In China, the world’s biggest coal miner and consumer, output reached a record 4.07 billion tonnes in 2021, up 4.7 per cent. Since October, the government has ordered coal miners to run at maximum capacity to help boost production for power station use and to control surging coal prices which doubled to more than $US300 a tonne in October amid the rationing and supply problems. Despite this and the temporary acceptance of some Australian shipments to ease the crisis, there are no expectations that China will relax its ban on imports of Australian coal in 2022. And Bloomberg reports that coal prices are surging as traders in Asia scramble to snatch up winter supply amid fears of delayed deliveries from Indonesia and a continuing global energy squeeze.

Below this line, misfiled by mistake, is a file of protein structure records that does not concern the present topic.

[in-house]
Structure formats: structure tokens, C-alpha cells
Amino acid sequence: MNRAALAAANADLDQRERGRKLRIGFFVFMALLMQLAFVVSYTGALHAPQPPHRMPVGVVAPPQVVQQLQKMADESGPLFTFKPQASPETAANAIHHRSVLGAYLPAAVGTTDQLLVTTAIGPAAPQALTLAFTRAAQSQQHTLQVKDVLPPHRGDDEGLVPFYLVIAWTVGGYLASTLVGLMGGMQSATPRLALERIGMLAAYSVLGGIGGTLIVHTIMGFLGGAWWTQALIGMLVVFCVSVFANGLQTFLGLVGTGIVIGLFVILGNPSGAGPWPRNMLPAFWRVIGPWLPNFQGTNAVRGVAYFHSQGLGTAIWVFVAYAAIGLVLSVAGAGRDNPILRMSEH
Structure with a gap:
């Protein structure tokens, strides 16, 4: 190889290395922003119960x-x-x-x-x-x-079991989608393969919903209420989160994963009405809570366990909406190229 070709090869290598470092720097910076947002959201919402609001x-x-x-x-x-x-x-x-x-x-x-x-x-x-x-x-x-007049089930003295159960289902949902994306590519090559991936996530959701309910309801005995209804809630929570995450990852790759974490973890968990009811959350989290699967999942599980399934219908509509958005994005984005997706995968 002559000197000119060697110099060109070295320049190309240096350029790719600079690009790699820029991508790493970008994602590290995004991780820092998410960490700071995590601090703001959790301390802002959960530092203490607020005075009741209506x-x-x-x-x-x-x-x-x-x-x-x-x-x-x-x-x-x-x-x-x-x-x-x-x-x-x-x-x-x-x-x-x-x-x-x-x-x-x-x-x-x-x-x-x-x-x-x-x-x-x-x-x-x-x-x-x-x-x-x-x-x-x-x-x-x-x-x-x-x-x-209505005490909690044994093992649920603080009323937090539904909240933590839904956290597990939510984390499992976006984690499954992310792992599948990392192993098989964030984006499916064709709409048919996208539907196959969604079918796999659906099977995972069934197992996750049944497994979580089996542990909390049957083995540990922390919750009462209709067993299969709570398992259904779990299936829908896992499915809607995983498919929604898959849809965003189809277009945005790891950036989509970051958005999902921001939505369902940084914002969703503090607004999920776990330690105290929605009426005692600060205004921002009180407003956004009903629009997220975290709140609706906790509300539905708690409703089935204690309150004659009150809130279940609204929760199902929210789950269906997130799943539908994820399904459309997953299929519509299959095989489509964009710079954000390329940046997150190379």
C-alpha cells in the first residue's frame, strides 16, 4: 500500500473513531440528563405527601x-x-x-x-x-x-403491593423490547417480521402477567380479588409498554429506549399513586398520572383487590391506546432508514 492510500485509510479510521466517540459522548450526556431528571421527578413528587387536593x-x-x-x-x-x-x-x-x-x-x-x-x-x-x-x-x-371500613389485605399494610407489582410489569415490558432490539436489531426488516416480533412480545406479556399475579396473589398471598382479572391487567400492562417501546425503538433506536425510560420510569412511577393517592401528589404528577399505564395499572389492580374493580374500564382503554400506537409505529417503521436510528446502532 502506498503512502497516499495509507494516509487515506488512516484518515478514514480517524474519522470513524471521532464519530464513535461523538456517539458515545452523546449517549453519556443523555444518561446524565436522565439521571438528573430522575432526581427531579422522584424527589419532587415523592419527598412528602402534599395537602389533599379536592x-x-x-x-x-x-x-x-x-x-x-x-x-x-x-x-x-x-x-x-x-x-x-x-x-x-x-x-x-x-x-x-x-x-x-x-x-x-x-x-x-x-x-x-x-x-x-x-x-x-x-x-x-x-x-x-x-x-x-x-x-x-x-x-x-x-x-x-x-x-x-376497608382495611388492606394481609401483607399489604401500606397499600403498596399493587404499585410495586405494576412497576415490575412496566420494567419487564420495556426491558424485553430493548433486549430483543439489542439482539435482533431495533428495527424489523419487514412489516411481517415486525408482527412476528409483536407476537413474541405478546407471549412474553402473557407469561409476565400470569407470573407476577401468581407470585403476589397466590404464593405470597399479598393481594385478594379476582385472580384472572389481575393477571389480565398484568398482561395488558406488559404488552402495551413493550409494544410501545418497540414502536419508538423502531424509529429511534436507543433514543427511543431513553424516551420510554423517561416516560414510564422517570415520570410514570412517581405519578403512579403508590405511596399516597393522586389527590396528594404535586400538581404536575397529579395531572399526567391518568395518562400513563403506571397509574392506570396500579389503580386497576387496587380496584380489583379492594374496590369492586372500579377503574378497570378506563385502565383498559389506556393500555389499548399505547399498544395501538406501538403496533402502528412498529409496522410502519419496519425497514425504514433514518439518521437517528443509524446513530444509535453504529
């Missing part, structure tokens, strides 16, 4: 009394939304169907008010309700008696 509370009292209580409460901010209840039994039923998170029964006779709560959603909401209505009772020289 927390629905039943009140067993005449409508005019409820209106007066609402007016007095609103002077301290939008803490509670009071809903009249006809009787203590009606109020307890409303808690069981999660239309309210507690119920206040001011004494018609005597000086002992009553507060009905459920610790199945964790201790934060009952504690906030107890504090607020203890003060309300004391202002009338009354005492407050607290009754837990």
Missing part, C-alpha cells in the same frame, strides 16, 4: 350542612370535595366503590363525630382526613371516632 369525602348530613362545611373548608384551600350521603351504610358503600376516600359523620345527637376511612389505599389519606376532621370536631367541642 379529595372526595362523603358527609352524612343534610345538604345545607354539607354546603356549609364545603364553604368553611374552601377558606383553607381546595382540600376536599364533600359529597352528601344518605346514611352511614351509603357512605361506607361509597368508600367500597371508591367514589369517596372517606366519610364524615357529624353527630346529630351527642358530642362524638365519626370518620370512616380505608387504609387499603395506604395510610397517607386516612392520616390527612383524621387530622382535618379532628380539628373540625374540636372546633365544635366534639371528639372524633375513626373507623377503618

For Australia, the BlackRock-inspired investor strike is having a significant impact on future supply – and potentially on price. A December governmental report noted that many of the thirty-seven coal projects in Australia at the feasibility stage were delayed. There was a growing preference for expansion of brownfield sites – already utilised resources – over greenfield investments, and that there was ‘an expanding list of lenders/investors who have withdrawn from financing new thermal coal projects’.
While Australian coal’s long-term prospects may be uncertain, they are very positive in the short to mid-term, with metallurgical exports forecast to double from 2021 to hit $50 billion this financial year while surging prices for thermal coal will lift exports to $35 billion.
Maybe Larry Fink is not alone in the world in taking an each-way bet on emissions constraint.
There are suggestions that China may pull back on its (already relatively lax) international environmental commitments in order to bolster its domestic coal production even further due to ‘deep concerns about its energy security’.
But at least Premier Xi has no pretentions of purity.